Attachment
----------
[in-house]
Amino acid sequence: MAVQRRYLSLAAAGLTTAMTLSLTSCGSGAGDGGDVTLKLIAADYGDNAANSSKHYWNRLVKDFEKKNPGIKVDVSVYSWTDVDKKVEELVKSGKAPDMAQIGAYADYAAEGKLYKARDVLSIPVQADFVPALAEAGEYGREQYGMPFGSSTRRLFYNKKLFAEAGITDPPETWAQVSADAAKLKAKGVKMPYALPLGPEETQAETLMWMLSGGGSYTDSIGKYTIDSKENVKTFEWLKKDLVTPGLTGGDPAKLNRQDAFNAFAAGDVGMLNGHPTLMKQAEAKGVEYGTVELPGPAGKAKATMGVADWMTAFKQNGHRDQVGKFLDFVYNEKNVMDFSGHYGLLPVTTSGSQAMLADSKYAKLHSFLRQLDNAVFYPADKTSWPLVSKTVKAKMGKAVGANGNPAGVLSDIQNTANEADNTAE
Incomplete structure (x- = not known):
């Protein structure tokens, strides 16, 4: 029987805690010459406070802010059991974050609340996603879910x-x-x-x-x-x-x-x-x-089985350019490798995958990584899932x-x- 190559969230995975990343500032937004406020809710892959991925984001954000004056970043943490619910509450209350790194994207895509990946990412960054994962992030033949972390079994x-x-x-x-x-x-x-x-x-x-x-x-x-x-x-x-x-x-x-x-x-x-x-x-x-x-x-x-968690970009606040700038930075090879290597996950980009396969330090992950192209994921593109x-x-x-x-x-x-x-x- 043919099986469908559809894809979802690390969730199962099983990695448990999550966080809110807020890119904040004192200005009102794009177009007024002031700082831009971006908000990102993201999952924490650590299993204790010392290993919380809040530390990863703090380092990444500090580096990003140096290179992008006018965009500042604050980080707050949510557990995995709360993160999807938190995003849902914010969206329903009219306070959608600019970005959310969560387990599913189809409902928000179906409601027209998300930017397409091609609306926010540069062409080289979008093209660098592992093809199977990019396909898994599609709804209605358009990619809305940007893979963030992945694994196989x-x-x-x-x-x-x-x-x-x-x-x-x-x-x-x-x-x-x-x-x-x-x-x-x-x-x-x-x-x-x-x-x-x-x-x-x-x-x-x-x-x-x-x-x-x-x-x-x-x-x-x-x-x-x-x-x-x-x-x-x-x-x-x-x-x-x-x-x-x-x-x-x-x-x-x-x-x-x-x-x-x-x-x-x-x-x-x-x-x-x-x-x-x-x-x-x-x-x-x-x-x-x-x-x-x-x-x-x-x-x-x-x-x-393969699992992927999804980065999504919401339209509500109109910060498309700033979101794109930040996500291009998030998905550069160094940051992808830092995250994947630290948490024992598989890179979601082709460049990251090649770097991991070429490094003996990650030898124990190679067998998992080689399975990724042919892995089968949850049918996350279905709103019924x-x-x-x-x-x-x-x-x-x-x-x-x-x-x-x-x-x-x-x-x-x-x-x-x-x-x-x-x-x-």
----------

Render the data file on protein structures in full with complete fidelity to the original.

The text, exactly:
[in-house]
Amino acid sequence: MAVQRRYLSLAAAGLTTAMTLSLTSCGSGAGDGGDVTLKLIAADYGDNAANSSKHYWNRLVKDFEKKNPGIKVDVSVYSWTDVDKKVEELVKSGKAPDMAQIGAYADYAAEGKLYKARDVLSIPVQADFVPALAEAGEYGREQYGMPFGSSTRRLFYNKKLFAEAGITDPPETWAQVSADAAKLKAKGVKMPYALPLGPEETQAETLMWMLSGGGSYTDSIGKYTIDSKENVKTFEWLKKDLVTPGLTGGDPAKLNRQDAFNAFAAGDVGMLNGHPTLMKQAEAKGVEYGTVELPGPAGKAKATMGVADWMTAFKQNGHRDQVGKFLDFVYNEKNVMDFSGHYGLLPVTTSGSQAMLADSKYAKLHSFLRQLDNAVFYPADKTSWPLVSKTVKAKMGKAVGANGNPAGVLSDIQNTANEADNTAE
Incomplete structure (x- = not known):
């Protein structure tokens, strides 16, 4: 029987805690010459406070802010059991974050609340996603879910x-x-x-x-x-x-x-x-x-089985350019490798995958990584899932x-x- 190559969230995975990343500032937004406020809710892959991925984001954000004056970043943490619910509450209350790194994207895509990946990412960054994962992030033949972390079994x-x-x-x-x-x-x-x-x-x-x-x-x-x-x-x-x-x-x-x-x-x-x-x-x-x-x-x-968690970009606040700038930075090879290597996950980009396969330090992950192209994921593109x-x-x-x-x-x-x-x- 043919099986469908559809894809979802690390969730199962099983990695448990999550966080809110807020890119904040004192200005009102794009177009007024002031700082831009971006908000990102993201999952924490650590299993204790010392290993919380809040530390990863703090380092990444500090580096990003140096290179992008006018965009500042604050980080707050949510557990995995709360993160999807938190995003849902914010969206329903009219306070959608600019970005959310969560387990599913189809409902928000179906409601027209998300930017397409091609609306926010540069062409080289979008093209660098592992093809199977990019396909898994599609709804209605358009990619809305940007893979963030992945694994196989x-x-x-x-x-x-x-x-x-x-x-x-x-x-x-x-x-x-x-x-x-x-x-x-x-x-x-x-x-x-x-x-x-x-x-x-x-x-x-x-x-x-x-x-x-x-x-x-x-x-x-x-x-x-x-x-x-x-x-x-x-x-x-x-x-x-x-x-x-x-x-x-x-x-x-x-x-x-x-x-x-x-x-x-x-x-x-x-x-x-x-x-x-x-x-x-x-x-x-x-x-x-x-x-x-x-x-x-x-x-x-x-x-x-393969699992992927999804980065999504919401339209509500109109910060498309700033979101794109930040996500291009998030998905550069160094940051992808830092995250994947630290948490024992598989890179979601082709460049990251090649770097991991070429490094003996990650030898124990190679067998998992080689399975990724042919892995089968949850049918996350279905709103019924x-x-x-x-x-x-x-x-x-x-x-x-x-x-x-x-x-x-x-x-x-x-x-x-x-x-x-x-x-x-």